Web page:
Categories: things to doecotourism

When it comes to protecting our beautiful landscapes, everyone has a part to play – and that includes local businesses. Sustainable tourism is on the rise and we’re seeing local companies, both big and small, find innovative ways to protect their ecosystems and support the communities they belong to. Which means, as you travel across Northern Ireland, you can feel confident in supporting local businesses that are in turn supporting sustainable and responsible travel.  

Here are some of the creative ways businesses have been making a Giant Difference to the land and the people who care for it. We’ve definitely missed some fantastic examples, so if you spot a business doing their part, please share your story using #MakeAGiantDifference


When you provide for the earth, the earth has a way of providing back! We’re not exaggerating when we say your choice of restaurants in Northern Ireland serving locally sourced, seasonal produce is too long to list here. (So instead, we’ve listed them here.) 

But these aren’t just mouth-watering buzzwords. Locally sourced means the food doesn’t have far to travel, reduced transport means a reduced carbon footprint. And with local suppliers, eating local directly supports the community around you. As you travel around Northern Ireland, keep an eye out for fresh seasonal menus and small local restaurants. That way you can have your cake and feel great about it too. 

Built to last 

Giant's Causeway Visitor Centre

Unsurprisingly, protecting our unique and astonishing landscape is at the heart of the Giant’s Causeway Visitor Centre. But its support for responsible and sustainable travel goes even deeper than that – quite literally! It’s not something you’d often hear, but the centre itself is heated and cooled by underground pipelines using ground source heat.  

This award-winning structure also uses water collected from the rooftop for internal plumbing, and although the famous basalt columns date back the Paleogene Period, there are no fossil fuels used at all in the Visitor Centre. The Visitor Centre and the Causeway share another cool feature, they were made from the same lava flow. So you know this centre is built to last!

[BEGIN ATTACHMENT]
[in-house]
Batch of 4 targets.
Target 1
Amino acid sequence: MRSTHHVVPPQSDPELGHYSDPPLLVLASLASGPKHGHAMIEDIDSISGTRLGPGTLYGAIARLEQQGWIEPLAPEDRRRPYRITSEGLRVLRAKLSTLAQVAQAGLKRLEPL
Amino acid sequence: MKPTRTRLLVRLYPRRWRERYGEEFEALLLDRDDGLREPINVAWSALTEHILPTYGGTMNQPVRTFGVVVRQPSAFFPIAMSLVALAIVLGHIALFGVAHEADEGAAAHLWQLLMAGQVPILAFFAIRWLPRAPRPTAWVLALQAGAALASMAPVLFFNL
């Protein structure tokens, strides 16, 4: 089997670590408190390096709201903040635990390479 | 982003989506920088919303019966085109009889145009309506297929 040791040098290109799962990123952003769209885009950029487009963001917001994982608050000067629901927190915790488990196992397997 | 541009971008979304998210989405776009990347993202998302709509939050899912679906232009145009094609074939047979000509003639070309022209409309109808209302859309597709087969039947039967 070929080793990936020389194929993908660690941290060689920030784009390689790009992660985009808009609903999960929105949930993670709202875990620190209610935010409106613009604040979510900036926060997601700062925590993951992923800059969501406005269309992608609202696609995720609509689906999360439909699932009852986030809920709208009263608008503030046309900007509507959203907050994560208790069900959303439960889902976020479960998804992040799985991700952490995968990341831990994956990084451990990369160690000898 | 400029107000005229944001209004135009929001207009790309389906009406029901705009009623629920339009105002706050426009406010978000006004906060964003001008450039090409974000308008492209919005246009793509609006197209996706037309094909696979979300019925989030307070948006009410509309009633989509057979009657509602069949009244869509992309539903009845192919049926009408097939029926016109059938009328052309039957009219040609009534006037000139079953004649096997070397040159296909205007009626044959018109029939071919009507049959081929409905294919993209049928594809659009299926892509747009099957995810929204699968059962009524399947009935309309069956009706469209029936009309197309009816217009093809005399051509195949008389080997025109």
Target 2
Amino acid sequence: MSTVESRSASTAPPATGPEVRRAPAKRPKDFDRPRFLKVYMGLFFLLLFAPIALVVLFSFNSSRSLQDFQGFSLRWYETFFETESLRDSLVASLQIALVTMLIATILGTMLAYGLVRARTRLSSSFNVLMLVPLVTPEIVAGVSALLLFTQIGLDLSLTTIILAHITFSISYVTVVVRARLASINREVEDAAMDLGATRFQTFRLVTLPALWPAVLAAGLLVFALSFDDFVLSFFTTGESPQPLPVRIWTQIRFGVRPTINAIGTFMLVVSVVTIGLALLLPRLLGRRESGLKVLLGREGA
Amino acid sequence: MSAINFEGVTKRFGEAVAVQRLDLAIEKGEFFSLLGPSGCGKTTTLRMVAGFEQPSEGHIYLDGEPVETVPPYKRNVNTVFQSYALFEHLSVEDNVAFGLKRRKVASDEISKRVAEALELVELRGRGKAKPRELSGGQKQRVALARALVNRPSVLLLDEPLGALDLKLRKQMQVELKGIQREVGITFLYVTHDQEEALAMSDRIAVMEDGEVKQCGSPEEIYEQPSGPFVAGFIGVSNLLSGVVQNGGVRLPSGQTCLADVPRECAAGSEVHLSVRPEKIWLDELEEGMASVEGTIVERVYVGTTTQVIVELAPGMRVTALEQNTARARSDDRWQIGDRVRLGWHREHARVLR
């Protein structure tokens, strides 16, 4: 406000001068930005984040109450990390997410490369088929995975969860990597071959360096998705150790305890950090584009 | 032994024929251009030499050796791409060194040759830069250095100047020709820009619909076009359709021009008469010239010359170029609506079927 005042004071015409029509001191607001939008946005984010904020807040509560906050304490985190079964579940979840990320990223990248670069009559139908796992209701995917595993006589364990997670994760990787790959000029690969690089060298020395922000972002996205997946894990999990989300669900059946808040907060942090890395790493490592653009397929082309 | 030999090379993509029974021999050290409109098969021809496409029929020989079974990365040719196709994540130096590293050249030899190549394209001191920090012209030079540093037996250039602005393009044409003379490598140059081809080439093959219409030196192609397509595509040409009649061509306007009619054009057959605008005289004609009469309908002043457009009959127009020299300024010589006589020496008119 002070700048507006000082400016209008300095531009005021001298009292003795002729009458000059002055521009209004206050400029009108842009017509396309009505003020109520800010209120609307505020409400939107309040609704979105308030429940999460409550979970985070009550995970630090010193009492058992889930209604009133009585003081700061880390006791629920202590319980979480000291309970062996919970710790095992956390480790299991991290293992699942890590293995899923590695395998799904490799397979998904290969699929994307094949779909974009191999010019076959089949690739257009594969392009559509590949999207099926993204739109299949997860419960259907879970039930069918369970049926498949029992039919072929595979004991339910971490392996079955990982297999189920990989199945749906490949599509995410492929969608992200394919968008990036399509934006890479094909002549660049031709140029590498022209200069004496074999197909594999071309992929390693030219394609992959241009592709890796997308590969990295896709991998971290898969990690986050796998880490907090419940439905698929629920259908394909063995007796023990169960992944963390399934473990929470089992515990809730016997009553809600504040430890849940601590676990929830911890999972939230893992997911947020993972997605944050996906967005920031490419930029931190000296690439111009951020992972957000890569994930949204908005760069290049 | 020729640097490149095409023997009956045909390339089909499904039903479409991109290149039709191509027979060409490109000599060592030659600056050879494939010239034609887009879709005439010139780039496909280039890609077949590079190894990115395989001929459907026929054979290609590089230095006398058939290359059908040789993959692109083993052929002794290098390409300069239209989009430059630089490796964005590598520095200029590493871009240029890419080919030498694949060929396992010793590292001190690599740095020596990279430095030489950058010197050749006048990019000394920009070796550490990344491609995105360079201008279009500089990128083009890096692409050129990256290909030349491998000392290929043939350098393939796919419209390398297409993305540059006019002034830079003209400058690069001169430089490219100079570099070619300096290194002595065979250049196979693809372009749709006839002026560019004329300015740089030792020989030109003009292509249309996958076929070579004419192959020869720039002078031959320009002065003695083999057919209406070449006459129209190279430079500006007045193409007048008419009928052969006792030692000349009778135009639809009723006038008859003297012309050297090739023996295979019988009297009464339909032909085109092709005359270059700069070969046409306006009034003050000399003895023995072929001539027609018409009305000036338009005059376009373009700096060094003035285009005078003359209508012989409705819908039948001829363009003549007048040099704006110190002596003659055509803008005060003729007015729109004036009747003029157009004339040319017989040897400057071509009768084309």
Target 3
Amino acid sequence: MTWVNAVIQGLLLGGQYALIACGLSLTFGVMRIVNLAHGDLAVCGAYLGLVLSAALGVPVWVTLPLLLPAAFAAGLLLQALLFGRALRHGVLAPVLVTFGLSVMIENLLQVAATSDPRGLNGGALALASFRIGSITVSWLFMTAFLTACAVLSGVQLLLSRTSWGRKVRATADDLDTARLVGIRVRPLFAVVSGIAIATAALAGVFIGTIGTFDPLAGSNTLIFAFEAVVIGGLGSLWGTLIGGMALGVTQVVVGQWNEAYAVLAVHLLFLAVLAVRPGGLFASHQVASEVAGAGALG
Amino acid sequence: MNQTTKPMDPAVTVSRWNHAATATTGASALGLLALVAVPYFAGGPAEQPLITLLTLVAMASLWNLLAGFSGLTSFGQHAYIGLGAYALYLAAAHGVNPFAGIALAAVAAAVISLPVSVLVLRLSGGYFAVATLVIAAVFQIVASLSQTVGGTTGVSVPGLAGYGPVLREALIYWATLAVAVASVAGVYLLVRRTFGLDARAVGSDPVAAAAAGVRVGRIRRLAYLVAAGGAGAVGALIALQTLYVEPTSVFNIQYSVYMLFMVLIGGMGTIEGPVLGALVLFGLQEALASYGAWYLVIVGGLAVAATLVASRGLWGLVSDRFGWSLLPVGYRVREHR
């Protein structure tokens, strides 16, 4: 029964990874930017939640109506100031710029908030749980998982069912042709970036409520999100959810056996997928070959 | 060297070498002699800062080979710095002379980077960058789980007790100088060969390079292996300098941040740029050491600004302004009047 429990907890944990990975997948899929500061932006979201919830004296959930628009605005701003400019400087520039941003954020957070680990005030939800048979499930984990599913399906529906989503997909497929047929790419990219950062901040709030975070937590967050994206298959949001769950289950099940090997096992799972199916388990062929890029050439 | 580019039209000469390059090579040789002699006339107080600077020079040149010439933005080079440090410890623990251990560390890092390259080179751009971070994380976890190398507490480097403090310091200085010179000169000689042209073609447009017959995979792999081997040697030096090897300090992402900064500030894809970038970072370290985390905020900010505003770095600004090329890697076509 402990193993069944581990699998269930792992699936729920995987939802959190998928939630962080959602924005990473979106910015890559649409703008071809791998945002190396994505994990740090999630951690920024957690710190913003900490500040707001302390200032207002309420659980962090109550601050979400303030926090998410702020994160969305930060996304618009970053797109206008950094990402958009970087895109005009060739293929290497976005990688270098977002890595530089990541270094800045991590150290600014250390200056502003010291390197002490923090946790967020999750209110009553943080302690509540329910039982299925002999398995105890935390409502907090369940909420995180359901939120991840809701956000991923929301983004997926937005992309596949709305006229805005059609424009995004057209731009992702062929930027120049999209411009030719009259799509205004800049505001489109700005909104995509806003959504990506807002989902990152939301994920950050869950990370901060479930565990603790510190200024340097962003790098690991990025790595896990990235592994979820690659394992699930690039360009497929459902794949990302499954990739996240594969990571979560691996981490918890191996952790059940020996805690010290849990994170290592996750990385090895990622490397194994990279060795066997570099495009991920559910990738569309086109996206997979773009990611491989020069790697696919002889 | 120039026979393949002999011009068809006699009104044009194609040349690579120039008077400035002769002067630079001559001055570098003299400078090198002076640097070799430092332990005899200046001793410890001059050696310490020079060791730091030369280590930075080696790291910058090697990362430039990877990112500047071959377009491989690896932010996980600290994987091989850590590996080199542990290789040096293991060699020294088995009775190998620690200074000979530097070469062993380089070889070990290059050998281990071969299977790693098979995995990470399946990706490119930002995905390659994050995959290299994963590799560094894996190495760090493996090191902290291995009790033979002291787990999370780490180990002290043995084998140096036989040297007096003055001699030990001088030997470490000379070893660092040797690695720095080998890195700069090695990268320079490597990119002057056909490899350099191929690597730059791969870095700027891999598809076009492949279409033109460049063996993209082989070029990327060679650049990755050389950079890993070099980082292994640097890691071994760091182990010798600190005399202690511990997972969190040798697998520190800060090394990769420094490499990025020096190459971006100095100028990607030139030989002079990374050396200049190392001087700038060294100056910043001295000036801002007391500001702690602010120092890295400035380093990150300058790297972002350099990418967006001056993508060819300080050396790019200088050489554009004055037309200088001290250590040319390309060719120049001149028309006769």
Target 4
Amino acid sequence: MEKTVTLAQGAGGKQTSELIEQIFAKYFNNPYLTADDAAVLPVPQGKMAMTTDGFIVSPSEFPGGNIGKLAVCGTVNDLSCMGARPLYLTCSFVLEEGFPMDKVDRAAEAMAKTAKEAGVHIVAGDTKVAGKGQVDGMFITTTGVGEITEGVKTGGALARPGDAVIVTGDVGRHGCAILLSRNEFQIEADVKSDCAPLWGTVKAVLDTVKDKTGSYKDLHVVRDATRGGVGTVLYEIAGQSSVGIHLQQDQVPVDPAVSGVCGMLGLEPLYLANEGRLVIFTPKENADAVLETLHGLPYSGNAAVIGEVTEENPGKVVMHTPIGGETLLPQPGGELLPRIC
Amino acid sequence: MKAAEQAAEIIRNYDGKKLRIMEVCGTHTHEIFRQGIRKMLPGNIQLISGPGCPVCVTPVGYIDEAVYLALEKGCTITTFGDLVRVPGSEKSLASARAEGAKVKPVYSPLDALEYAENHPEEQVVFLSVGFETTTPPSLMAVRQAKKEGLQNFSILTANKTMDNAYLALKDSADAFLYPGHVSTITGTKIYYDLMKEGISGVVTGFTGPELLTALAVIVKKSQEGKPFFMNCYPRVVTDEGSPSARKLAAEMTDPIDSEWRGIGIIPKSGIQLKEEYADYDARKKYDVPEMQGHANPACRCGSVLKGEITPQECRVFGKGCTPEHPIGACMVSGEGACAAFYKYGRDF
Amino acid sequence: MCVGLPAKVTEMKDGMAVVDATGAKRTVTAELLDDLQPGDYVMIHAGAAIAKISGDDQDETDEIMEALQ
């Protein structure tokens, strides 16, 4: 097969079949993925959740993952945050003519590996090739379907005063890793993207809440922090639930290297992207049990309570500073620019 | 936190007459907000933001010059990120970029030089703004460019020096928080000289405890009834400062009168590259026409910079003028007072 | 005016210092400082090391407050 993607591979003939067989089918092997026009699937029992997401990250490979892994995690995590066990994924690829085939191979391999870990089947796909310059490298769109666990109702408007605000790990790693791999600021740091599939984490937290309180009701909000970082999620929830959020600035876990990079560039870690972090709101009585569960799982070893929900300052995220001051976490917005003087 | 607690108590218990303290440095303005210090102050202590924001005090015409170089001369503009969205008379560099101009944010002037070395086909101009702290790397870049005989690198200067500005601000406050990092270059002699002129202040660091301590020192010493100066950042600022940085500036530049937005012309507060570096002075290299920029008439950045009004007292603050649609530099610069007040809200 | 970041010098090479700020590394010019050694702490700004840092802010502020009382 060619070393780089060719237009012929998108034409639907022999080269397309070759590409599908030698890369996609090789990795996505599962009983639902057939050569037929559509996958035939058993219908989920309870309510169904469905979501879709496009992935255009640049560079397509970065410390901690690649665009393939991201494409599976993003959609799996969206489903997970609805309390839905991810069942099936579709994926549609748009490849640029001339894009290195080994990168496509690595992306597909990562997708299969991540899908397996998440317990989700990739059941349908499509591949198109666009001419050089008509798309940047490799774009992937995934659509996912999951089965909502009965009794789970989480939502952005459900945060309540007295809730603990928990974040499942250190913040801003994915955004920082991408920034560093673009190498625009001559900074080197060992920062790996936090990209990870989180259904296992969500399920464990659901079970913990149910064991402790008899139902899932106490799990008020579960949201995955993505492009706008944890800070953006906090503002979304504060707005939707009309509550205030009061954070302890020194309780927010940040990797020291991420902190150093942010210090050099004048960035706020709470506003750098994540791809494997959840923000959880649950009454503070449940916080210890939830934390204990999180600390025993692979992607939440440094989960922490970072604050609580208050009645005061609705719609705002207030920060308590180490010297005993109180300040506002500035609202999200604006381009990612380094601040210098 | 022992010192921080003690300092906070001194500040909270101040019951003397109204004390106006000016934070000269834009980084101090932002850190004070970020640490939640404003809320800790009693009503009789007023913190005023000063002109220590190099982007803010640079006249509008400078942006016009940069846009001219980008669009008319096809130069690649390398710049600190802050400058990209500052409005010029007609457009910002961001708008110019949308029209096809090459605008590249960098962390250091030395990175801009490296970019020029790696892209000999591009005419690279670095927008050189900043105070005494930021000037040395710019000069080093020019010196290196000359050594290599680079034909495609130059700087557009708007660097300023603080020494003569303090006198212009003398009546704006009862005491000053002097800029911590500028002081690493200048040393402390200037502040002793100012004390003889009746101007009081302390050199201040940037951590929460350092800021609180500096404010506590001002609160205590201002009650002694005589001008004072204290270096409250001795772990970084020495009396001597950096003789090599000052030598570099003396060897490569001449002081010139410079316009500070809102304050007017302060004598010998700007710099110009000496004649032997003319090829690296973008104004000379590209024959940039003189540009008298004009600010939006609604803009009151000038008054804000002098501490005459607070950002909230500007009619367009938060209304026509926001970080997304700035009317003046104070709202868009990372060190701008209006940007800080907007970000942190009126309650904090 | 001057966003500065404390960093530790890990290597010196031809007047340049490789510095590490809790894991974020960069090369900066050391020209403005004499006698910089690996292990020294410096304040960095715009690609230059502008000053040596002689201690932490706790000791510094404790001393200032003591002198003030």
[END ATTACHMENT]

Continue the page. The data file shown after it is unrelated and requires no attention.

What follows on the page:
Foraging for the future 

If you’ve had the pleasure of dining out on a locally sourced, seasonal menu, then you know there’s something magic in the produce that grows in Northern Ireland. These fantastic foraging experiences go one step further, connecting you to the land we’ve pledged to protect. 

HartyCulture, based in County Armagh, takes its responsibilities to the local environment very seriously. It is a family run business with a wide range of horticultural services, which most recently includes year-round Foraging and Nature Tours. Drawing upon years of experience and community involvement, HartyCulture tours help visitors and locals alike to cultivate a deeper understanding of ecology, our effects on the environment, and an appreciation for the natural beauty around us. 

All our foraging experience providers follow the 3 golden rules of foraging to help preserve the land. They’ll pick a third, leave a third for the bees, birds, and beasties, and a third for the plant to propagate. They’ll only ever take a third of what they find. Good to know if you fancy a bit of foraging yourself! 

And if you do, Feasting On Weeds, based in Belfast, are running fantastic foraging tours over the summer at Lagan Meadows. Join passionate local forager, Clare McQuillan, for an evening of foraging and feasting at one of Belfast's best parks, where you can learn about the plants, how to ID them, and of course, taste the fruits of your labour along the way too. 

Bushcraft and Badger Spotting 

Take a trip to the Finnebrogue Woods School of Bushcraft and you’ll meet master Bushman Rob. Rob’s passion for protecting and respecting his natural surroundings is clear in everything he does which the local badgers who share the woods are sure to appreciate. You can join Rob for a day or camp overnight, as he guides you through a foraging experience as well as how to make and cook your dinner over a campfire. 

And speaking of locally sourced meals, Finnebrogue Woods is also home to the Fodder Café & Shop. The café keeps its menu small to guarantee they only serve the best quality, tastiest dishes – which in turn helps reduce waste. 

Your first small step to making a Giant Difference 

We want to help show businesses that making changes and supporting responsible travel is the way forward. As locals, as visitors, as a part of the community – our voice matters. 

If you come across some fantastic examples of businesses paving the way, share what you see using #MakeAGiantDifference